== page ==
For a section of society that has become a key constituent of the economics of the State, domestic migrant labourers in Kerala often live under appalling conditions.
Low wages, nomadic lifestyle, cramped living quarters, and poor hygiene are a few of the many challenges faced by domestic migrant labourers coming to Kerala to find a livelihood. A journal on migrant labour brought out by the Janamaithri police highlights these conditions as well as the state of Malayalis migrating abroad, and makes recommendations for improving the welfare of migrant labourers.
The third edition of ‘Janamaithri: A Journal of Democratic Policing’ was released in Kochi on Sunday. The first copy of the volume was handed over to Union Minister of State for Consumer Affairs, Food and Public Distribution K.V. Thomas by Home Minister Ramesh Chennithala. While earlier editions of the journal focused on issues such as security of women, the current volume, with State Police Chief K.S. Balasubramanian as its Editor-in-Chief, features research papers on migrant labour, police officers’ notes on security aspects of migrant labour, newspaper articles, and snippets of community policing programmes of the Kerala police.
Among the studies published in the journal is a paper titled ‘Domestic Migrant Labourers in Kerala’ by D. Narayana and C.S. Venkiteswaran.
According to the paper, 42 per cent of domestic migrant labourers surveyed in Kerala reported that they lived in a room of seven or more persons. The study gave the example of a migrant labourers’ colony in Perumbavoor which had 10 people on an average living in a single living unit of approximately 200 sq.ft.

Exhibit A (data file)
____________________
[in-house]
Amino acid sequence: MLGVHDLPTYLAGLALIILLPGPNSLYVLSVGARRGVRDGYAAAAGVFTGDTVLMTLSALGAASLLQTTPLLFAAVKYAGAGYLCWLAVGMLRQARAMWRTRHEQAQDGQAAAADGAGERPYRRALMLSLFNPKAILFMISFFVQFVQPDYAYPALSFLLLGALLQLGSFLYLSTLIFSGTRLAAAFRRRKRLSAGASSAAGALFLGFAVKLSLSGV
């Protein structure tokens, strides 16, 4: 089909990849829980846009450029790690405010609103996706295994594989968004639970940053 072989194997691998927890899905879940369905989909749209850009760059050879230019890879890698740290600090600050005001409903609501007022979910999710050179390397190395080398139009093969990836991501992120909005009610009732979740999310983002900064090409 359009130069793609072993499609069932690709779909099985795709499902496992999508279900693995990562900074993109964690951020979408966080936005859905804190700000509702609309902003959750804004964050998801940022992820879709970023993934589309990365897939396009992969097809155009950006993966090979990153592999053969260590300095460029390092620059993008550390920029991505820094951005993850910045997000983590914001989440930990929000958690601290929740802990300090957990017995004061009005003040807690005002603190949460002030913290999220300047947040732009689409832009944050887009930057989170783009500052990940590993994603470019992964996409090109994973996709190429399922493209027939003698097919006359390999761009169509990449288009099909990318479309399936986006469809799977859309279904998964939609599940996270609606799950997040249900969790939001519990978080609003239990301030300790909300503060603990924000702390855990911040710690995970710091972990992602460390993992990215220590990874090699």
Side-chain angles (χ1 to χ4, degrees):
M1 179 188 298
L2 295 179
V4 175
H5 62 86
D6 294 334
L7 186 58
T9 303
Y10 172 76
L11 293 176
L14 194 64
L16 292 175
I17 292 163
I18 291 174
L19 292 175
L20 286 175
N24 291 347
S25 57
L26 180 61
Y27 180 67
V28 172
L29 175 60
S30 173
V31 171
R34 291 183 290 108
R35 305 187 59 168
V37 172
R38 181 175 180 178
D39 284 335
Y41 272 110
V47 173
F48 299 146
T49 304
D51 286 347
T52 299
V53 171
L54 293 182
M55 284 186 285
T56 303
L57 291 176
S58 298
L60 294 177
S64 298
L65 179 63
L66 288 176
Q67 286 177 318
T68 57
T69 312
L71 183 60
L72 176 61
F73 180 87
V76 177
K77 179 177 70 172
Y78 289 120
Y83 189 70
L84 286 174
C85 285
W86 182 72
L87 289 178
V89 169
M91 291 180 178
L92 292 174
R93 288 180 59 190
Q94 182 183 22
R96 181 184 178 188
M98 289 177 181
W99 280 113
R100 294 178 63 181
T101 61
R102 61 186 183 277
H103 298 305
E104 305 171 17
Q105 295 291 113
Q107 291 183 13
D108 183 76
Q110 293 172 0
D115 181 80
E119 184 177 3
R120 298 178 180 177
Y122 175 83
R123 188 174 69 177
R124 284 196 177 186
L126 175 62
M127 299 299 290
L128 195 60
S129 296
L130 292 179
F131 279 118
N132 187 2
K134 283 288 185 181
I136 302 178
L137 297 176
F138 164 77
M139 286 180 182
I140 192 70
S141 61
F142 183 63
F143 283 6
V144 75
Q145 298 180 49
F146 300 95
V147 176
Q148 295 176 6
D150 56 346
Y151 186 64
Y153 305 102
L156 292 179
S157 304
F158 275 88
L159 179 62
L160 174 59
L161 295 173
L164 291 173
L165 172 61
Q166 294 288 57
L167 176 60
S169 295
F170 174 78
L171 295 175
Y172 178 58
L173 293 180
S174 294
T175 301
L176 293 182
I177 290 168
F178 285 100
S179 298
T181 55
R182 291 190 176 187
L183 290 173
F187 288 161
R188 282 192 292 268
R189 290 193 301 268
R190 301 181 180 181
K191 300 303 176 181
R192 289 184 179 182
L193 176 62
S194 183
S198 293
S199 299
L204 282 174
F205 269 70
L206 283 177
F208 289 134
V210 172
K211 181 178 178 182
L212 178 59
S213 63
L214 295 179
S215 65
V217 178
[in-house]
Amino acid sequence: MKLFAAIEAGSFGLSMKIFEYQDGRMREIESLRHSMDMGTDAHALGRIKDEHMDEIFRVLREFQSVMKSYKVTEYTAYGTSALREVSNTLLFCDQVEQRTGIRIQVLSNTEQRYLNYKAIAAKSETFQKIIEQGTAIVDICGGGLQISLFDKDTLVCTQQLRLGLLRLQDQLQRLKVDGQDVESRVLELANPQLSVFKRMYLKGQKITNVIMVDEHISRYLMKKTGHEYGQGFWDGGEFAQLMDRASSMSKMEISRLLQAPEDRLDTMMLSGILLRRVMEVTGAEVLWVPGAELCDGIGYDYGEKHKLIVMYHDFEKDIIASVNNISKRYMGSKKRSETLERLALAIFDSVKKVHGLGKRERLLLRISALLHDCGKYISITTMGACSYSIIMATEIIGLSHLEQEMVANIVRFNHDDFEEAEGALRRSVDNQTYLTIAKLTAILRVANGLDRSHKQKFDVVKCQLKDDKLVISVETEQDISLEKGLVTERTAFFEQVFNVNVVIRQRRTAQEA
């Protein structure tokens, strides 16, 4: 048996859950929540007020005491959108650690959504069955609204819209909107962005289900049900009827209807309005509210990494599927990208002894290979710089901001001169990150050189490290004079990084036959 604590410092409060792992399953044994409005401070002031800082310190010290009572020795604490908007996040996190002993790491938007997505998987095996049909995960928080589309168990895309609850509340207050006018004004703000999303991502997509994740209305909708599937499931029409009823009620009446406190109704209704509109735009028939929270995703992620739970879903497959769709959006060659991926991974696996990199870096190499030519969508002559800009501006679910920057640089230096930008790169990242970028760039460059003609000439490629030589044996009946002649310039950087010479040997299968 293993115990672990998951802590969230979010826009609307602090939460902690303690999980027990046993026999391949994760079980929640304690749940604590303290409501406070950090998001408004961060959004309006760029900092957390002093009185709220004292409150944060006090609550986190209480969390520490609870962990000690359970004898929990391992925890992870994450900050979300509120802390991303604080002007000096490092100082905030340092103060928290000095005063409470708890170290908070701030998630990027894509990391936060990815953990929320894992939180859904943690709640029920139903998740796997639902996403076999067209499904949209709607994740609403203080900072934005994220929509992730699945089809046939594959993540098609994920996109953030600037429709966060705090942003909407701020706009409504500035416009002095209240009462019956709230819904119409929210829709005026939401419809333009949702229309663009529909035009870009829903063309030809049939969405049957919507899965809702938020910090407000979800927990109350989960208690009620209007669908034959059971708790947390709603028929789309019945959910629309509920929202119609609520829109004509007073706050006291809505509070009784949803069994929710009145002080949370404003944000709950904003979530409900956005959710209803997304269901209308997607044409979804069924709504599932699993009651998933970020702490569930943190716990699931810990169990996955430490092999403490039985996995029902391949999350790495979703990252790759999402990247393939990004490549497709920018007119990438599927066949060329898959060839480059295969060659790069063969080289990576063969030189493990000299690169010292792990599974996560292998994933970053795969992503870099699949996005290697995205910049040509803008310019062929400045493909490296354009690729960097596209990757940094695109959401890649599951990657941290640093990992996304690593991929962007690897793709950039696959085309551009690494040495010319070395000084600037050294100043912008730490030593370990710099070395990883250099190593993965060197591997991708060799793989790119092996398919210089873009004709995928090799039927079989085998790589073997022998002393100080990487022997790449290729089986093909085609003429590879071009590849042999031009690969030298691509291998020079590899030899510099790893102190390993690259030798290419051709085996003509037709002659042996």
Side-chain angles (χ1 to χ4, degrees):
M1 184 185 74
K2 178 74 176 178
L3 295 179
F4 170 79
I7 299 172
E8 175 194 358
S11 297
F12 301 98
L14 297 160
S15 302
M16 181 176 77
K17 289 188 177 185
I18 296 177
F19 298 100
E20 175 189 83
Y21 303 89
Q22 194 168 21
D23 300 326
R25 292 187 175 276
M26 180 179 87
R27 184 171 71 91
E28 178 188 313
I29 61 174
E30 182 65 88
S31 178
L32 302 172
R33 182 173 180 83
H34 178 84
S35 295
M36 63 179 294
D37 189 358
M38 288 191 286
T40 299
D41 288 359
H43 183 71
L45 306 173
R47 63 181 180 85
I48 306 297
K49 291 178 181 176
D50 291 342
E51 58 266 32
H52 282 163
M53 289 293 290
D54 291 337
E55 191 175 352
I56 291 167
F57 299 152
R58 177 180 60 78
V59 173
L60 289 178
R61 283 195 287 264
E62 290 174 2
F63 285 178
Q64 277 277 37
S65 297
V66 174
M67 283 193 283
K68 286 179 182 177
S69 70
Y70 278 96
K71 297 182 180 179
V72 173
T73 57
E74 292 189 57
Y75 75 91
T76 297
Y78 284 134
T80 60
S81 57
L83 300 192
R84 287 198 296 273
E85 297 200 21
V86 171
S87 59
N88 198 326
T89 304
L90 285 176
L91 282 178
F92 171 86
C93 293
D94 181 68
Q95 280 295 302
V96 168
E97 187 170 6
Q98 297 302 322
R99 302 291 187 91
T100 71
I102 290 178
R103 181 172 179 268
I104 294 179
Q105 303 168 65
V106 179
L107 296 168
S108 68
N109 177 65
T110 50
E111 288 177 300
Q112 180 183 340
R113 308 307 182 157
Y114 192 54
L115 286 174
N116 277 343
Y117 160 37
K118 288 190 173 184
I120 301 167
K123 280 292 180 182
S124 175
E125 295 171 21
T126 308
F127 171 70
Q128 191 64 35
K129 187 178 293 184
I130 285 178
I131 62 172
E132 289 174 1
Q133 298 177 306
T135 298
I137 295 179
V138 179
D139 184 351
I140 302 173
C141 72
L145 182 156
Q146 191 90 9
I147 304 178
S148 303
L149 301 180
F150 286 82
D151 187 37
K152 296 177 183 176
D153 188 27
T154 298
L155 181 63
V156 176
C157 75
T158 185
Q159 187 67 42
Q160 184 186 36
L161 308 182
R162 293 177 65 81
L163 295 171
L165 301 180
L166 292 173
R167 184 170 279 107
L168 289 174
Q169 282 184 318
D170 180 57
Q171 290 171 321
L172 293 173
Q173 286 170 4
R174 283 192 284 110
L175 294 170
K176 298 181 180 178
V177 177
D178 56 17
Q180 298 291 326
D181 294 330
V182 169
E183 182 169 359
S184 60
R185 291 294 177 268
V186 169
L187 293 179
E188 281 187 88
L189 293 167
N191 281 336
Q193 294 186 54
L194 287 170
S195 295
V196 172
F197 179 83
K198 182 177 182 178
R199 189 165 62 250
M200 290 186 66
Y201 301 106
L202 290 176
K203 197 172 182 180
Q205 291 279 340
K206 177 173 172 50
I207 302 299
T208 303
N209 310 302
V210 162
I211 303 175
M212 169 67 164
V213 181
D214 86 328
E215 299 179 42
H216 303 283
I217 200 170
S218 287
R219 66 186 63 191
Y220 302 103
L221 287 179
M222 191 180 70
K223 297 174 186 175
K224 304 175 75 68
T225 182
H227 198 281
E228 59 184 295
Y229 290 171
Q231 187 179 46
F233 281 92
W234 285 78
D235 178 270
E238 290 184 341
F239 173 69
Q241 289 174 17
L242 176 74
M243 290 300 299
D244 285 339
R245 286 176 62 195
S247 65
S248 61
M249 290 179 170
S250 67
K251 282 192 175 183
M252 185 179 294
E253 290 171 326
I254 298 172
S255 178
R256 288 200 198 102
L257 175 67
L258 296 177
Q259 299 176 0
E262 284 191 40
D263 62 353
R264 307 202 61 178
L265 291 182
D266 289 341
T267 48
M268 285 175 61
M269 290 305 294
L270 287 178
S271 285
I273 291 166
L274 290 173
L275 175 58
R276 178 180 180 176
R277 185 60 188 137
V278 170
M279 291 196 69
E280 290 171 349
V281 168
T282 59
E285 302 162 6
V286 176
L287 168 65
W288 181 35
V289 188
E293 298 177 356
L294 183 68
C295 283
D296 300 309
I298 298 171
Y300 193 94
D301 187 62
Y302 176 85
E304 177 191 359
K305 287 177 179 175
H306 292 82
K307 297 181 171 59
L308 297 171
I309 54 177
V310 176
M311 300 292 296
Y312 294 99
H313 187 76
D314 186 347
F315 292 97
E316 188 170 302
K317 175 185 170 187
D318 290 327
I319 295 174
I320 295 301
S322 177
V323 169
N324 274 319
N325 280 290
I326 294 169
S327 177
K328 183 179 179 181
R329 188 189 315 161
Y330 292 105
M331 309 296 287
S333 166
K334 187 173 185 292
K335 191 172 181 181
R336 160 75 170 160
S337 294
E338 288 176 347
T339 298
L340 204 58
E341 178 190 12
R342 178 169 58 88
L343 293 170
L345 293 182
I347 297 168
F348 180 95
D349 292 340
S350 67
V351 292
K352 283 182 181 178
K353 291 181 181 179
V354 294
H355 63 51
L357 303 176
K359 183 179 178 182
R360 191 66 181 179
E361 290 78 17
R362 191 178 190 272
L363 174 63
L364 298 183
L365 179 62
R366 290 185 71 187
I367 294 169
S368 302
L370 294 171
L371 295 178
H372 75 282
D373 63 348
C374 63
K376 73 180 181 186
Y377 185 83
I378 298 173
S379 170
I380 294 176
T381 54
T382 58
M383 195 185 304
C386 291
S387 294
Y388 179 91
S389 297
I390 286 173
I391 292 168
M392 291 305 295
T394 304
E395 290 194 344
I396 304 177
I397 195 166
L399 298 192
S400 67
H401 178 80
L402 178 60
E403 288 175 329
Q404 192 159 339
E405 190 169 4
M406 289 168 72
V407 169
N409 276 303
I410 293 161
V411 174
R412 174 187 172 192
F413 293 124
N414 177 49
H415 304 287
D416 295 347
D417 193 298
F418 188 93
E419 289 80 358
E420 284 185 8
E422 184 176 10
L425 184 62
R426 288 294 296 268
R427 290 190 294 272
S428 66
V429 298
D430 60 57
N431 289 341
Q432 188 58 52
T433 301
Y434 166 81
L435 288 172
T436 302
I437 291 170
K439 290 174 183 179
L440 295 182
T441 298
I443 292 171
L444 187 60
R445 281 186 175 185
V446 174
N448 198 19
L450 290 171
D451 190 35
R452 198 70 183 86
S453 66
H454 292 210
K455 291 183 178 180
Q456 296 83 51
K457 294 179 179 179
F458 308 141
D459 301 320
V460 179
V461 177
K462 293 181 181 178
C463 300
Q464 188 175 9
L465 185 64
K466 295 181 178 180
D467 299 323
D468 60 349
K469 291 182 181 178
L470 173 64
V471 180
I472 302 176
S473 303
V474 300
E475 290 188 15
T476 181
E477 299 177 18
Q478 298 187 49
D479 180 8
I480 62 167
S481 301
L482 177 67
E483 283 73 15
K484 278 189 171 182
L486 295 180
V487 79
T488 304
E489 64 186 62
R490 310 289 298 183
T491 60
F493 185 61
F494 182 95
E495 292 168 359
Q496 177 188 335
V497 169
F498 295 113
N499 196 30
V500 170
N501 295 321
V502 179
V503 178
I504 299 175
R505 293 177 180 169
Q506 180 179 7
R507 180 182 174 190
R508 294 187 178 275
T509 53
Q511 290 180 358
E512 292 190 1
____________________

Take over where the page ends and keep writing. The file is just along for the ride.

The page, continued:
“Language is a big issue for the police when working with migrant labourers,” says Additional Director General of Police B. Sandhya, who is the nodal officer for the Janamaithri Suraksha Project.
Dr. Sandhya suggests setting up helplines in Hindi, Oriya, or Bengali to encourage migrant labourers to contact the police.
“We need people from among the labourers to come forward and work with the police to increase awareness about their rights,” she says.
The journal also highlights the issues faced by Malayalis migrating abroad in search of work. A study by Nalini Naik published in the journal noted that a large number of migrant workers surveyed were not even allowed to go out of the house where they were employed.
“It is a social reality that people migrate because of the lack of employment opportunities in their home States. Like any other floating population, migrant labourers in Kerala also have to be accounted for. The Janamaithri police works with other departments to sensitise people about the issues of migrant labourers and to find solutions,” said Dr. Sandhya.